9. Check your business employer requirements.
Business employer requirements are specific to the type of business that you are starting and include various labor, safety and tax obligations that need to be met. You should consider hiring a tax or business attorney to ensure your business is fully compliant with the laws in South Dakota.
If you are starting a business in South Dakota, you will need to take note of the following important items:
South Dakota’s law requires all employers to provide workers’ compensation coverage to their employees. You can obtain more information at the South Dakota Department of Labor & Regulation website.
Health insurance isn’t a requirement for small businesses in South Dakota.
In South Dakota your small business is required to establish an unemployment insurance account with the South Dakota Department of Labor & Regulation. If your business is required to contribute towards unemployment insurance, you will need to file quarterly reports.
South Dakota Sales Tax
Every business selling taxable tangible personal property in the state of South Dakota is required to obtain a sales tax license and contribute to sales tax. Services rendered are not taxable. You will need to register for a sales tax license with the South Dakota Department of Revenue.
South Dakota Registration and Filing Fees:
Corporation for profit
Corporation for nonprofit
Articles of merger
You'll find a comprehensive list of fees and costs here.
How much does it cost to start an LLC in South Dakota?
South Dakota articles of incorporation for LLCs cost $150.00. Registration and filing fees are different for different business structures.
Do you need a contractor's license in South Dakota?
In South Dakota contractors do not need to be licensed at a state level. Be sure to check the specific county and city regulations and requirements. Plumbing and electrical contractors, however, do need individual South Dakota licenses and asbestos abatement contractors must be certified.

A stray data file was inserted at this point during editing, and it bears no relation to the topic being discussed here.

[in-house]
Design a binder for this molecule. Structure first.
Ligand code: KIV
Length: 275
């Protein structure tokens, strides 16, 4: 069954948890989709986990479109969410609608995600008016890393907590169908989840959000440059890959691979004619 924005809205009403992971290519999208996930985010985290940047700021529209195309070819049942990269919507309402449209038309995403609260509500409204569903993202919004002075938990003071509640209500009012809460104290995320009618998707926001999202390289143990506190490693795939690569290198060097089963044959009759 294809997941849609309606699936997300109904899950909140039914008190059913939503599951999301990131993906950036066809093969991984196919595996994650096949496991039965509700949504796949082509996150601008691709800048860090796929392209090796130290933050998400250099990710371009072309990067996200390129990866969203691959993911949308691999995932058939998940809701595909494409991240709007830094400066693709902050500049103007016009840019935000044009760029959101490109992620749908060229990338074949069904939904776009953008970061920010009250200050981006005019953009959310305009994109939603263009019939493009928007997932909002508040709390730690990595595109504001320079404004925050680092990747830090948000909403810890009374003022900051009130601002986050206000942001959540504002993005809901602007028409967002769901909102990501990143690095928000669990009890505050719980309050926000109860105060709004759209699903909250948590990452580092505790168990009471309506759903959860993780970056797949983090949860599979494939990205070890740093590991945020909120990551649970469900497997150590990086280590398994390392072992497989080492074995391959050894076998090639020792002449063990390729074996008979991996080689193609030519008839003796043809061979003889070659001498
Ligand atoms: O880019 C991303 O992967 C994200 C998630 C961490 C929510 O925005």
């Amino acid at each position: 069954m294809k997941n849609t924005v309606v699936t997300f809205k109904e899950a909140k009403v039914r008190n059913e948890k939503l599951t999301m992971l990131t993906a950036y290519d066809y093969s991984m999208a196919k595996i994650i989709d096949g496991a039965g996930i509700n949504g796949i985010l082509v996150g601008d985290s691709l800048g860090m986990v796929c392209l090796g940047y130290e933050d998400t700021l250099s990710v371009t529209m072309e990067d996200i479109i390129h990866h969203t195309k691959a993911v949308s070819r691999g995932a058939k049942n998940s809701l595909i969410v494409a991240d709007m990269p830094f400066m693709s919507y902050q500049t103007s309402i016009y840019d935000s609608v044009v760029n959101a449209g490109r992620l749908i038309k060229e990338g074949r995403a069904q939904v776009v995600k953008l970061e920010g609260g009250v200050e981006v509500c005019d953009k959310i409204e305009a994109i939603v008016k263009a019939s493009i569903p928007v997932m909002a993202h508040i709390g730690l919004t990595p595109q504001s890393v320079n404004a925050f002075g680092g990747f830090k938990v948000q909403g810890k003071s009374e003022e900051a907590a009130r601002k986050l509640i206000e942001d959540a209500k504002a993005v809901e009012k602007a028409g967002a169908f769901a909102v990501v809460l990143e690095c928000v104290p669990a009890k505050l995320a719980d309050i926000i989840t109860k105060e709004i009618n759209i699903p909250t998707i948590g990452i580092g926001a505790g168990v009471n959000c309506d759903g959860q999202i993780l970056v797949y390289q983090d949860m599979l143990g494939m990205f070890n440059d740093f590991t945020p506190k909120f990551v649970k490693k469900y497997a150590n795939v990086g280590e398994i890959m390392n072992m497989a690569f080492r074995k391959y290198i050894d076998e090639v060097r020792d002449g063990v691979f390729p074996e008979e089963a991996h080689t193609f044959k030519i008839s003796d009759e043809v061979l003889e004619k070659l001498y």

How do I get a tax ID number in South Dakota?
You can apply for a federal tax ID in South Dakota on the IRS website.
How do I become a registered agent in South Dakota?
The form to register as a commercial registered agent is available on the South Dakota Secretary of State website. To become a registered agent in South Dakota you must be at least 18 years old, be a resident of South Dakota, and have a permanent street address in the State. You will also need to be available during business hours.
How do I incorporate in South Dakota?
How do I dissolve an LLC in South Dakota?
You will need to close your business's tax accounts, complete the Articles of Termination form available on the South Dakota Secretary of State website, and submit it in duplicate with the filing fee of $10 either by mail or in person to the South Dakota Secretary of State.
How do I dissolve a corporation in South Dakota?
You will need to close your business's tax accounts, complete the Articles of Dissolution form available on the South Dakota Secretary of State website, and submit it in duplicate with the filing fee of $10 either by mail or in person to the South Dakota Secretary of State.
How much is a sales tax license in South Dakota?
Applying for a sales tax permit in South Dakota is free.
How do I register a business in South Dakota?
You can register your business with the South Dakota Department of State.
What important posters should be at a South Dakota business premises?
- Job Safety and Health Protection.
- Unemployment Insurance.
- Workers Right to Know.
- Workers’ Compensation Law.
- Fair Labor Standards Act.
- Employee Polygraph Protection Act.
How do I start a business in South Dakota with no money?
- Use services to generate cash flow and fund a product-based business.
- Get creative to discover funding sources.
- Grind it out and look for business, even if you don't get paid for it.
- Use your current resources in different ways to generate income.
- Get a credit line to help with the early stages of your business.
- Locate an accelerator if you can hit the market swiftly.
- Crowdfund and allow the public to invest a small percentage of money in return for a future buy-in.
- Use a business incubator to provide funding designed specifically to financially assist a startup company.
What are the best banks for small business in South Dakota?
How can I protect the name and logo of my business in South Dakota?
The easiest way is to register your business name on the U.S. Patent and Trademark Office website. Prior to registration, remember to check on the Trademark Electronic Search System and the South Dakota Secretary of State website to ensure that your business name is not already registered by another company.
Do I need workers’ compensation for my new business in South Dakota?
All employers in South Dakota are required to provide workers’ compensation coverage to their employees.
Does my business in South Dakota need to contribute to health insurance?
Health insurance isn’t a requirement for small businesses in South Dakota.